France’s Marie-Amelie Le Fur is balancing the stresses and strains of elite sport alongside the demands of a working life and motherhood. And she would not want it any other way.
“I think these three lives allow me to better manage the pressure,” Le Fur laughed. “The pressures of sports are very difficult for me and when I am at work, when I am with my daughter it’s easier for me and I don’t have to be only concentrating on sports.”
It is an idea that seems to be working. A long-time employee of the French energy firm, EDF, Le Fur has always explored life away from athletics. And after adding the Rio 2016 long jump and 400m T44 titles to the 100m gold she won at the London 2012 Paralympic Games, Le Fur took it to a new level.
In December 2018 she was elected president of the French Paralympic and Sports Committee (FPSC) and swiftly followed that by giving birth to her daughter.
“For my three lives, it’s just a question of complementary organisation and priority,” Le Fur explained. “Sometimes I don’t train, sometimes I have to go to work and sometimes it’s only training. So, you have to do daily choices and I am comfortable with that.
“The most difficult is when you have to manage change in your organisation. It’s very difficult because you can’t have emergencies – but you have to [deal] with them. But I think I am like this; I love this life.”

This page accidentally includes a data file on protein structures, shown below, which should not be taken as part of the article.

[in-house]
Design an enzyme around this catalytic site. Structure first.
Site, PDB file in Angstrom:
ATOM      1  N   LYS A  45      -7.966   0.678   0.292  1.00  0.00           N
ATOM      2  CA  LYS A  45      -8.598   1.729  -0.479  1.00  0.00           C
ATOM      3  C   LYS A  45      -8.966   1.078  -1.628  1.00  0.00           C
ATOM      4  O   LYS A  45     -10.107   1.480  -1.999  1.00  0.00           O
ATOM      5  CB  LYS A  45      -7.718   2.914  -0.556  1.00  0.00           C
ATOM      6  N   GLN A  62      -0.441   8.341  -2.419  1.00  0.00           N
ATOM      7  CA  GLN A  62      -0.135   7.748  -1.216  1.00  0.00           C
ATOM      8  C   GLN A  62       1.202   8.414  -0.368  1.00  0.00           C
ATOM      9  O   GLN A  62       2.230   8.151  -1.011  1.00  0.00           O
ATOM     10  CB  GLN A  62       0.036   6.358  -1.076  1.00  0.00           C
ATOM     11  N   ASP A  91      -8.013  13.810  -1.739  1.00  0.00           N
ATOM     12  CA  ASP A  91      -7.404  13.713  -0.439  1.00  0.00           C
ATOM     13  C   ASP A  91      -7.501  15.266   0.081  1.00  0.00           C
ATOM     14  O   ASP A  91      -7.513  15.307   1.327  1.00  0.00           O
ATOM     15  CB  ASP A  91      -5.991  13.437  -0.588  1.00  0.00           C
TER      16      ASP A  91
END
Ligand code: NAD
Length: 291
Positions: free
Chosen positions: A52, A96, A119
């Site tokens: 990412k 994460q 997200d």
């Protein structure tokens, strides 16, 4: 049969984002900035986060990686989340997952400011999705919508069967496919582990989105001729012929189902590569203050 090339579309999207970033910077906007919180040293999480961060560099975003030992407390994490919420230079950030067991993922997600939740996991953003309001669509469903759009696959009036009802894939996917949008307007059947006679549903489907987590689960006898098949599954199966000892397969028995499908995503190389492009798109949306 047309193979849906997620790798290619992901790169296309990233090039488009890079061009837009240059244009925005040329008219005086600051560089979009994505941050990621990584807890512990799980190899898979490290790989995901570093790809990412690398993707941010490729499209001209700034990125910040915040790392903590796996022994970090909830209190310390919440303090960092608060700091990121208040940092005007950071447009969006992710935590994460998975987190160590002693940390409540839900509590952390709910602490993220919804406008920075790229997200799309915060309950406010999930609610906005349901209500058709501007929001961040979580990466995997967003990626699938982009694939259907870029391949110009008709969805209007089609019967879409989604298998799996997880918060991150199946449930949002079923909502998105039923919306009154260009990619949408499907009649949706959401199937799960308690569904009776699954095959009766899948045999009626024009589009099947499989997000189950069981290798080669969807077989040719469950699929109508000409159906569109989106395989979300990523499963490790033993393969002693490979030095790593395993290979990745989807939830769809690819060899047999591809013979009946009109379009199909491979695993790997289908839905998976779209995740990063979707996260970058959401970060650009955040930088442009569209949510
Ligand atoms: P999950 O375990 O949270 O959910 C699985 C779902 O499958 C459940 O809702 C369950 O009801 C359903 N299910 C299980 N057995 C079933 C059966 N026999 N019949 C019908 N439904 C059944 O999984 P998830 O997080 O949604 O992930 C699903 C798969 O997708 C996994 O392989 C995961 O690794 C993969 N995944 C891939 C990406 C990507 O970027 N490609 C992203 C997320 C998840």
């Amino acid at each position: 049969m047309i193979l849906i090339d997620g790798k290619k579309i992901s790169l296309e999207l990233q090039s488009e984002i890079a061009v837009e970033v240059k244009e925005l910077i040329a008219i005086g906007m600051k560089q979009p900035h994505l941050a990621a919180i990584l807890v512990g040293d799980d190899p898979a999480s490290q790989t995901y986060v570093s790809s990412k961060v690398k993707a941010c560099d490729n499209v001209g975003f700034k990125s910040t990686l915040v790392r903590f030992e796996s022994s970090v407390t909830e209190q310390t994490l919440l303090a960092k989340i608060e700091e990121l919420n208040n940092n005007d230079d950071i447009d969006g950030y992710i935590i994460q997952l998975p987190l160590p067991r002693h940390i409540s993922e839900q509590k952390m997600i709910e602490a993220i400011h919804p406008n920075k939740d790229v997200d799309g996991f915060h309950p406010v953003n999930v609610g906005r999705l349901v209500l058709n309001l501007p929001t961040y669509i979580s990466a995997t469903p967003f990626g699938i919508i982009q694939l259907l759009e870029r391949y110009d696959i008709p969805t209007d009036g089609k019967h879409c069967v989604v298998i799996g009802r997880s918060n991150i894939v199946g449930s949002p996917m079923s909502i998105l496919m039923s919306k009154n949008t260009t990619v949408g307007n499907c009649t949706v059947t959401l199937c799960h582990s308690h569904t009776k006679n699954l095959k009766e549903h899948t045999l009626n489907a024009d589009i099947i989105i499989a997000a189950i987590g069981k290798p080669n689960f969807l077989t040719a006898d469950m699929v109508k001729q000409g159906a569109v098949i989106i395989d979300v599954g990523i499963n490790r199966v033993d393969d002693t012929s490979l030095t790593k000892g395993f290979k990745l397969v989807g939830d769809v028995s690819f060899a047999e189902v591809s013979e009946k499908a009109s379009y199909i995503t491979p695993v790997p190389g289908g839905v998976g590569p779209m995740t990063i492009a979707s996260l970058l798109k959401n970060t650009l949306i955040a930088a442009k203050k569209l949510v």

In February of this year Le Fur returned to competition after a protracted absence and proceeded to jump 6.14m – breaking her own T64 world record – at the World Para Athletics Grand Prix in Dubai.
She expects, however, to have to go a whole lot further to retain her Paralympic title at Tokyo 2020, predicting the winning mark will be “6.30m”. It is the reason why she has chosen to focus solely on long jump because, understandably, “it’s easier with my three lives to concentrate on only one gold medal.”
A fourth Paralympic title will put the perfect full-stop on a sporting career that started nearly 30 years ago. A junior athletics champion, Le Fur was back running four months after her left leg was amputated below the knee following a serious motorbike accident at the age of 15.
The fact she had any of these opportunities is the reason why she agreed to become president of the FPSC.
“I think with sport you can aim at a goal to think differently [about] your life,” the 32-year-old said. “With sport you can have a big ambition. When you are lost you can find in sport a lot of energy to build a new future for you, a better future for you.”
It is no surprise the title of her autobiography, published in 2019, reads in English: Make Your Life a Dream.
“This title means to me whatever the constraints, the difficulty or the tragedy which we are confronted [with] there is always hope,” Le Fur explained. “We retain in all situations the capacity to dream and to have ambition.”
Le Fur’s ambition means she will change straight out of her spikes in Tokyo and into the outfit of an NPC president. She is desperate to ensure France takes full advantage of the “very unique opportunity” hosting the Paris 2024 Paralympic Games provides.
While she will not be there as an athlete – Le Fur grimaced and smiled simultaneously at the mere mention – she will be there as a “woman and a mom” who is ready to “have a greater engagement in social and societal projects.”